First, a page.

Google plans to end drive-by-downloads threat - gHacks Tech News

Google plans to end drive-by-downloads threat

Google plans to integrate a new security feature in the company's Chrome browser soon that it hopes will protect Chrome users from drive-by-downloads.

The main characteristic of drive-by-downloads is that they happen without user interaction, and Google plans to block downloads that met the companies definition of unintended downloads. Google plans to implement the functionality for Chrome on all supported operating systems except for Apple's iOS operating system.

Drive-by-downloads are used in numerous attacks, e.g. malvertising campaigns or pushing malicious payloads to a user's system.

Tip: You may want to set downloads to manual in Chrome and other browsers to avoid any issues. Chrome downloads files automatically (without asking for location), and that led to a situation on Windows systems in 2017 where .scf files were downloaded to machines (and processed by Windows when the user opened the download directory).

chrome disable automatic downloads

Downloads are initiated through a number of different methods; most, e.g. clicking on download links or right-clicking on download links and selecting save options, require user interaction.

According to the design document "Preventing Drive-By-Downloads in Sandboxed Iframes" -- access it here -- downloads will fail in Chrome automatically if they meet the following conditions:

  1. The download is initiated without user interaction. Google notes that there are only two types of downloads that fall into the category.
  2. This happens in a sandboxed iframe.
  3. The frame does not have a transient user gesture at the moment of the click or navigation

Google notes that about 0.002% of page loads are affected by the change. The company acknowledges that there are legitimate use cases for using the functionality and notes that the "percentage of breakage is small" and that legitimate publishers have an option to bypass the blocking.

Google's implementation targets malvertising, advertising campaigns used to spread malicious downloads, first and foremost.

Interested users can check out the official bug on the Chromium website to follow development. It is interesting to note that the bug was published in 2015. It is unclear when the feature will become available but it seems likely that it will be introduced this year.

Now You: What is your take on the feature? (via Fossbytes)

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Google plans to end drive-by-downloads threat
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Google plans to end drive-by-downloads threat
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Google plans to integrate a new security feature in the company's Chrome browser soon that it hopes will protect Chrome users from drive-by-downloads.
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Ghacks Technology News
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Comments

  1. ilev said on January 25, 2019 at 5:35 pm
    Reply

    Wish they could block Microsoft’s automatic updates :-)

    1. Mola Ram, CEO Microsoft said on January 26, 2019 at 3:59 am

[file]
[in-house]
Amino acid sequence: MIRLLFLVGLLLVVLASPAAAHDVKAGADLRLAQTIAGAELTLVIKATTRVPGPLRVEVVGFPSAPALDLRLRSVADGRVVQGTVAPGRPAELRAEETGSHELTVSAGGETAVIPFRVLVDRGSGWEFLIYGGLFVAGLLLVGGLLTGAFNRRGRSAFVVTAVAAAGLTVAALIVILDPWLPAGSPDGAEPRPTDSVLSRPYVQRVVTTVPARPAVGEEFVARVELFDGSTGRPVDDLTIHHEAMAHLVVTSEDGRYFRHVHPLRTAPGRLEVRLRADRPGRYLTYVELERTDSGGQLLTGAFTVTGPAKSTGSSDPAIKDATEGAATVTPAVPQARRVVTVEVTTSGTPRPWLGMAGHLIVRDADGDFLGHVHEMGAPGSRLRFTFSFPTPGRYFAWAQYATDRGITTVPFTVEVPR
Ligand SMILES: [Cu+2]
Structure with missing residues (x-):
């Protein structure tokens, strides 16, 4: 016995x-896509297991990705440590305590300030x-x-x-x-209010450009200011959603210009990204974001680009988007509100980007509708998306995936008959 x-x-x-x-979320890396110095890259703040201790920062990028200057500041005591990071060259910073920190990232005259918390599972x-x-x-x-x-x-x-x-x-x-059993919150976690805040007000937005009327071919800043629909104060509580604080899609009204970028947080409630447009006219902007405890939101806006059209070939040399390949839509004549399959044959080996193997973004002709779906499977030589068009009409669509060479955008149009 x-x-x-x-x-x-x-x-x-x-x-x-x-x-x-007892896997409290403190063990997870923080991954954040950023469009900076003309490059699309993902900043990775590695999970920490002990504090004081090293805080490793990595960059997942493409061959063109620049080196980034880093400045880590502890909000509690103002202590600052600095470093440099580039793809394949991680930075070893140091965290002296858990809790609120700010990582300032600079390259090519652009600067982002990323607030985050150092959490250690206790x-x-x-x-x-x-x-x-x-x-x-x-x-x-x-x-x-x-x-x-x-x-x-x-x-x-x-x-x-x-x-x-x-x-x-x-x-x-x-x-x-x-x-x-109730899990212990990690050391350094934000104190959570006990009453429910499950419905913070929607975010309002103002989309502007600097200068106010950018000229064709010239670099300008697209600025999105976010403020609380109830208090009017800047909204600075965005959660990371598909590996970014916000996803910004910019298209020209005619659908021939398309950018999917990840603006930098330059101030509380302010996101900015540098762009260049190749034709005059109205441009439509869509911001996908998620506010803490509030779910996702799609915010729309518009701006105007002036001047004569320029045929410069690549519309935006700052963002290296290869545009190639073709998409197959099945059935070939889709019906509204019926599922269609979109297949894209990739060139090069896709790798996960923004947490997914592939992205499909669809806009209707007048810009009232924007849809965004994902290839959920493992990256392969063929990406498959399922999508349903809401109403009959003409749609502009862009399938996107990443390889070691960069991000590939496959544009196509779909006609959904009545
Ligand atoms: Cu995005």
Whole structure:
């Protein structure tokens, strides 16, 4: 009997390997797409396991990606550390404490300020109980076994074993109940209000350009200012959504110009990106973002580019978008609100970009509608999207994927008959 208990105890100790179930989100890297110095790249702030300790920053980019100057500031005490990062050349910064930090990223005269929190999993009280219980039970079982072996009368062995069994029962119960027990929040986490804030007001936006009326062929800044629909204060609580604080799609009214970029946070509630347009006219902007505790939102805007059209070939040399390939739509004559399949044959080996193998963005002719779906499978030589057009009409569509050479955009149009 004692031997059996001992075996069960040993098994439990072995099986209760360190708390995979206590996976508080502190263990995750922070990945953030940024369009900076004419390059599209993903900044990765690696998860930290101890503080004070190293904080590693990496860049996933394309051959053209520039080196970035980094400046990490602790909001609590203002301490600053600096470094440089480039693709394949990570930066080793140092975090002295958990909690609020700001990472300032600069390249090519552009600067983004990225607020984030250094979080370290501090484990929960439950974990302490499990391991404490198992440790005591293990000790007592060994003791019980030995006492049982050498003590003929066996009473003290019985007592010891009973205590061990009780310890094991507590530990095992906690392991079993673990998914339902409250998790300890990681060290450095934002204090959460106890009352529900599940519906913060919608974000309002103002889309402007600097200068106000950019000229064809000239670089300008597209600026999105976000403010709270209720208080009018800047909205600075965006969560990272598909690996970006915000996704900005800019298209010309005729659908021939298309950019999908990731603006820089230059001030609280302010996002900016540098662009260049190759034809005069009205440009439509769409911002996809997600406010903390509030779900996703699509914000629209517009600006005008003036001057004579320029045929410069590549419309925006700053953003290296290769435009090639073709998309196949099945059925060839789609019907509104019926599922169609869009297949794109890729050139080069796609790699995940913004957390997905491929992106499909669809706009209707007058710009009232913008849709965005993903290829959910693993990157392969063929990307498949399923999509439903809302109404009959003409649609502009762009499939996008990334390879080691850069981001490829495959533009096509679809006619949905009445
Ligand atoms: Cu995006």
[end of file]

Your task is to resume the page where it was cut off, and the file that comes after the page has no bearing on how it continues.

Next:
Reply

      Look how much data Win 10 sends to Microsoft nearly continuously. Every time you use ANY Microsoft app or service you are being tracked. https://hackmag.com/security/what-data-windows-10-sends-to-microsoft-and-how-to-make-it-stop/

  2. Henry Gomez said on January 25, 2019 at 7:16 pm
    Reply

    Big deal. Google is the drive-by!
    They really suck.
    But the sheep fall for them Bha, Bah.

    1. Anonymous said on January 25, 2019 at 8:07 pm
      Reply

      Google is the drive-by, so true. On how many computers was Chrome installed by bundling with some other ethically-challenged software ?
      The paradox of current times is that software that markets itself as secure and protecting us from malware is often the worst threat itself when measuring it by damage done times number of installs.

    2. Bha, Bah said on January 26, 2019 at 3:48 am
      Reply

      My 2 cents. I know what Google is. But at the same time it’s the only one that gives me 15 GB for free. So I know exactly what I have signed for. Even MEGA has downgraded their cloud service to 15 GB, Amazon to 5 GB, Microsoft to 5 GB, Dropbox to 2 GB. Let me know about a service which gives so many free GB and has good upload and download speeds with no caps like MEGA and I will stop using Google. Until then I have no problem if they spy on me. Until then I like being a sheep, Bha, Bah.

      1. thebrowser said on January 27, 2019 at 12:32 am
        Reply

        @Bha, Bah

        Maybe you should check pCloud: they offer 10GB for free and up to 20GB through referrals. It works on web browser and all major OS.

        Regardless of what service provider you choose you should consider using Cryptomator to encrypt your files locally before uploading them to the cloud.

      2. Bha, Bah said on January 27, 2019 at 10:15 am
        Reply

        Thank you thebrowser for the suggestion. I have tried pCloud. pCloud recently changed the way it does business. Where once you got 10GB of free storage plus one gig for every friend you referred to the service, you now get 2GB straight out the gate and have to earn the other 8GB. It’s very difficult now to have multiple 10GB accounts. Initially only 2GB is free, the other 8GB needs to be unlocked. Whatever I try I always go back to Google like a sheep….

      3. thebrowser said on January 28, 2019 at 4:05 am
        Reply

        True that, I didn’t realize it worked that way although it doesn’t seem to be such a big deal, all you have to do is verifying email address, upload your first file, download their desktop client, download their app, turn on backups…